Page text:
What can an octopus teach us about learning?
Kicking off the mid-afternoon session at Day 1 of IdeaFestival, Rafe Sagarin, a marine ecologist, congressional advisor and author talked about how nature's symbiosis has implications for human-made heirarchical structures (think government operations, or college syllabi). Octopuses have different "brains" in each tentacle, with sensory abilities.
Humans, Sagarin advises, should think about how to move away from the "central brain" system and think about how we can break down walls.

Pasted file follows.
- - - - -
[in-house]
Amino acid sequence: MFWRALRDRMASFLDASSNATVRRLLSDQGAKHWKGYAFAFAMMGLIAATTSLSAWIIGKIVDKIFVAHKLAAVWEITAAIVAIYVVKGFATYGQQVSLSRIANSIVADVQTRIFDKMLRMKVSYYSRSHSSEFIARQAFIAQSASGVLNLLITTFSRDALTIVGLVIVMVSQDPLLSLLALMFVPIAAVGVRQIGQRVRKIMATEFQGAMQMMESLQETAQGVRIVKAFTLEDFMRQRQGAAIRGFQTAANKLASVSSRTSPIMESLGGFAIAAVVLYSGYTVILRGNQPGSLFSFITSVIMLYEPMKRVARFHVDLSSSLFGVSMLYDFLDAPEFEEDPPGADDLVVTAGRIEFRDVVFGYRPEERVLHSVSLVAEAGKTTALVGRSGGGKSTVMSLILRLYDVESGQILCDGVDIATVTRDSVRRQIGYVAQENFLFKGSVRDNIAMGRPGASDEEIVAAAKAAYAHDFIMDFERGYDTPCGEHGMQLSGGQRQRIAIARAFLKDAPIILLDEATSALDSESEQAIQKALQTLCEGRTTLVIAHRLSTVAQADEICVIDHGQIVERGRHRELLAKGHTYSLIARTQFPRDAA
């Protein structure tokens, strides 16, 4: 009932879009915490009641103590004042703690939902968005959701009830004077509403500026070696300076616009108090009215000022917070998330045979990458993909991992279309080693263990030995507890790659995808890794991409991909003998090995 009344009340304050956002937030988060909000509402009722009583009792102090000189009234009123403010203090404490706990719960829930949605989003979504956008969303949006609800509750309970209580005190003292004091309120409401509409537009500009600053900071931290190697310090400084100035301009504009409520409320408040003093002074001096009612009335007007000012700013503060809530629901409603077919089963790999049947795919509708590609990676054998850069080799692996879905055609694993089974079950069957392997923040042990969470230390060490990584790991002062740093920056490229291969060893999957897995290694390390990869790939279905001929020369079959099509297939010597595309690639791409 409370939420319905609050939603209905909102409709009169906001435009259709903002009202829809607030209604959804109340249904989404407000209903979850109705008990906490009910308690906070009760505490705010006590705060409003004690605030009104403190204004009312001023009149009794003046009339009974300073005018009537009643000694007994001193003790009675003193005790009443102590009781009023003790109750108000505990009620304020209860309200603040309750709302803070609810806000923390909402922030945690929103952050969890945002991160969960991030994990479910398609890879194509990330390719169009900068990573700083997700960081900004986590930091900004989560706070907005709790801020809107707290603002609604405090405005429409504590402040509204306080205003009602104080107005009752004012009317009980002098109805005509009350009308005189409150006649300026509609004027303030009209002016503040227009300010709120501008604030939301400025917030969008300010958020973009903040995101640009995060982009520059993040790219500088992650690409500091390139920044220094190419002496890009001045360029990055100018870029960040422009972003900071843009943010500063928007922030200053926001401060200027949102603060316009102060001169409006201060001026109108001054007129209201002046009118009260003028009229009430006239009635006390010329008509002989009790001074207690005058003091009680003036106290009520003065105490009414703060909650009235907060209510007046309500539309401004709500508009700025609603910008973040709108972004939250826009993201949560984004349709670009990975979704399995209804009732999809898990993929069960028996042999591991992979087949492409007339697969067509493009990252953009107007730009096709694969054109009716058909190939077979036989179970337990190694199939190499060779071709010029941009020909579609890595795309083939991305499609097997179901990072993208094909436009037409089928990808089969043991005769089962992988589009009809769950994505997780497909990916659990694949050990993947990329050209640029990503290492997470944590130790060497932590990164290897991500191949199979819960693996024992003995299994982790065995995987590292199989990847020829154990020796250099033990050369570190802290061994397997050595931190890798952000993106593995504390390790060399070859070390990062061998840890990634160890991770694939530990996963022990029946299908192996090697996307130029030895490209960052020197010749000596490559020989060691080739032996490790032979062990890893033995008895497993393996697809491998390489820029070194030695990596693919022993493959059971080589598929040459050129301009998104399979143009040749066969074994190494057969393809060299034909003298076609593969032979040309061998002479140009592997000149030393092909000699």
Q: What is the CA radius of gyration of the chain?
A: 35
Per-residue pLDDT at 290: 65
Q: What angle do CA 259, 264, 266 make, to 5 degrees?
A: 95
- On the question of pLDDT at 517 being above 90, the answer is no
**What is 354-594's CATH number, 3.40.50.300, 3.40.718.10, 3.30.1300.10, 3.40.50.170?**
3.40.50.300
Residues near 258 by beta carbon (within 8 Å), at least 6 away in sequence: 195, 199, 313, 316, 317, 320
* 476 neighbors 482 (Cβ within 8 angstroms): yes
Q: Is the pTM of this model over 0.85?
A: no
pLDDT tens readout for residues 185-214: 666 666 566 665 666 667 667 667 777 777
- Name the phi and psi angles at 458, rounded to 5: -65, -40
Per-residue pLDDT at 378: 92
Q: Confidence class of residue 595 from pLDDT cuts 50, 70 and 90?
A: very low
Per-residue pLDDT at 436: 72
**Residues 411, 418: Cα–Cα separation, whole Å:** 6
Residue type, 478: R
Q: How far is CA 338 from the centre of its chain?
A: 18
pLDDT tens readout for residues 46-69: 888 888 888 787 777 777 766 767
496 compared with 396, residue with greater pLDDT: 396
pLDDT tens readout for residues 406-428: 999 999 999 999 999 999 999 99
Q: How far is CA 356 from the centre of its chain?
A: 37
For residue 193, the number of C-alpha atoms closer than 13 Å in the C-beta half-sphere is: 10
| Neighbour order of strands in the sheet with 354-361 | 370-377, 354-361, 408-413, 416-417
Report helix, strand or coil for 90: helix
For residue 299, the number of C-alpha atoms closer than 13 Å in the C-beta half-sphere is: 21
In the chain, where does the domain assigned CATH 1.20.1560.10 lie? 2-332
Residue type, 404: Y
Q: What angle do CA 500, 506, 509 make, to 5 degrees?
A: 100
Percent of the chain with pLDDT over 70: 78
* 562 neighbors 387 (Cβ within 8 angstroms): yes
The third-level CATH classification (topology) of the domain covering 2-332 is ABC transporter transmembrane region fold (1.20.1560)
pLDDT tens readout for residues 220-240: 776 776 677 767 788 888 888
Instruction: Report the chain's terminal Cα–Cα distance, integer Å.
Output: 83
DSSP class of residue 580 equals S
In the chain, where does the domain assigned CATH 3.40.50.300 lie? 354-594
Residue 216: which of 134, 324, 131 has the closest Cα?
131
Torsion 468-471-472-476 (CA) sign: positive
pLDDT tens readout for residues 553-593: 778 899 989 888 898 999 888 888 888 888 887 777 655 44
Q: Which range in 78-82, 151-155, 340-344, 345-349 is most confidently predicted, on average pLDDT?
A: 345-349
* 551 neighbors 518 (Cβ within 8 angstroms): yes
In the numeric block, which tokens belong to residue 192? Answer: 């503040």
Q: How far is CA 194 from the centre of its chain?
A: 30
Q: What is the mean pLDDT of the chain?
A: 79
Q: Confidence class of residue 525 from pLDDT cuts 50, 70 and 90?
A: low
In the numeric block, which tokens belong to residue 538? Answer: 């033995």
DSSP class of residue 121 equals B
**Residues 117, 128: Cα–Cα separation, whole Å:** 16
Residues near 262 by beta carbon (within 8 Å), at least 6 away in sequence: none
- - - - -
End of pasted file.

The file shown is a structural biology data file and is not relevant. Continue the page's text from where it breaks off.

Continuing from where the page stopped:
This idea has been echoed in educational communities -- it's now acknowledged that in-class time can be used most effectively by saving the lectures as homework and engaging students in "homework" with the class time. Kind of a reverse-teaching model.
Sagarin keeps a syllabus for his class, but only because it's required by the Dean. At the beginning of class, he tells students to tear it up.
"There's more risk that way," he says. But in the end, it's worth it.
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